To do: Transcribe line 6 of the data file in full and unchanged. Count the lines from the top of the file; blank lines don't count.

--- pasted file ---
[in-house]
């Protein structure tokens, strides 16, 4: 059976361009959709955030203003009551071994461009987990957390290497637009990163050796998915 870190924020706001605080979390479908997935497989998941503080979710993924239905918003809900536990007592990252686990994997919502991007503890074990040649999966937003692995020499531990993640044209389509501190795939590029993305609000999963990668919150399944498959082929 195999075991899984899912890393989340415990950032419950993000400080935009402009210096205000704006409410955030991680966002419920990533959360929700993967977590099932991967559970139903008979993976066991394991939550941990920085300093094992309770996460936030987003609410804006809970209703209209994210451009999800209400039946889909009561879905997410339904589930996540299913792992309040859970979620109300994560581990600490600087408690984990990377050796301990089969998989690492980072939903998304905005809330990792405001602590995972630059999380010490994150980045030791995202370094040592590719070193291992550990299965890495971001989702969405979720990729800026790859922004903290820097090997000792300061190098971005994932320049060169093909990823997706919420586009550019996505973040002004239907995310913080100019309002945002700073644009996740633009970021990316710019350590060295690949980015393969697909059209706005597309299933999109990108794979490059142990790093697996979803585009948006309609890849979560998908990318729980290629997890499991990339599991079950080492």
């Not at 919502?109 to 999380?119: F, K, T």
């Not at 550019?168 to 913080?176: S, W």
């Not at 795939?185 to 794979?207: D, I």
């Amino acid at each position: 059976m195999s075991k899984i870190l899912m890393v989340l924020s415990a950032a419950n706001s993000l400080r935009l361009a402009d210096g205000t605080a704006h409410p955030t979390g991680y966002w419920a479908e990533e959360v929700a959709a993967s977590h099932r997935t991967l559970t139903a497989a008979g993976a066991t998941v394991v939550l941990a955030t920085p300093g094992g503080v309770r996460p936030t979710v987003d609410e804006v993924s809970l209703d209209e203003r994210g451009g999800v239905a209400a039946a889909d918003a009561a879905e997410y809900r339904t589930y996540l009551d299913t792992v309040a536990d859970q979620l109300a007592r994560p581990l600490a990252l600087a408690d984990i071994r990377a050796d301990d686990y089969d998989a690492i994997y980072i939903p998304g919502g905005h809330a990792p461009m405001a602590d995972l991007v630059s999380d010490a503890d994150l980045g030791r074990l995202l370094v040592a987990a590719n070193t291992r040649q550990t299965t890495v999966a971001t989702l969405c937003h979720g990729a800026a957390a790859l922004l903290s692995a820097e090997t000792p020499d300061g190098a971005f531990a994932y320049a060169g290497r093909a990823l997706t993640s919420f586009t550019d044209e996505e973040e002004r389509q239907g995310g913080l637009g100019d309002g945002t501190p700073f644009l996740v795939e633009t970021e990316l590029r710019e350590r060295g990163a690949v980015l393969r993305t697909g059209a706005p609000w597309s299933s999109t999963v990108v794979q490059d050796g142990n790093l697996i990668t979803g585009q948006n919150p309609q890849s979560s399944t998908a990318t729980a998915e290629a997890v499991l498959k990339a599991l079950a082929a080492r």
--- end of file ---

């Amino acid at each position: 059976m195999s075991k899984i870190l899912m890393v989340l924020s415990a950032a419950n706001s993000l400080r935009l361009a402009d210096g205000t605080a704006h409410p955030t979390g991680y966002w419920a479908e990533e959360v929700a959709a993967s977590h099932r997935t991967l559970t139903a497989a008979g993976a066991t998941v394991v939550l941990a955030t920085p300093g094992g503080v309770r996460p936030t979710v987003d609410e804006v993924s809970l209703d209209e203003r994210g451009g999800v239905a209400a039946a889909d918003a009561a879905e997410y809900r339904t589930y996540l009551d299913t792992v309040a536990d859970q979620l109300a007592r994560p581990l600490a990252l600087a408690d984990i071994r990377a050796d301990d686990y089969d998989a690492i994997y980072i939903p998304g919502g905005h809330a990792p461009m405001a602590d995972l991007v630059s999380d010490a503890d994150l980045g030791r074990l995202l370094v040592a987990a590719n070193t291992r040649q550990t299965t890495v999966a971001t989702l969405c937003h979720g990729a800026a957390a790859l922004l903290s692995a820097e090997t000792p020499d300061g190098a971005f531990a994932y320049a060169g290497r093909a990823l997706t993640s919420f586009t550019d044209e996505e973040e002004r389509q239907g995310g913080l637009g100019d309002g945002t501190p700073f644009l996740v795939e633009t970021e990316l590029r710019e350590r060295g990163a690949v980015l393969r993305t697909g059209a706005p609000w597309s299933s999109t999963v990108v794979q490059d050796g142990n790093l697996i990668t979803g585009q948006n919150p309609q890849s979560s399944t998908a990318t729980a998915e290629a997890v499991l498959k990339a599991l079950a082929a080492r």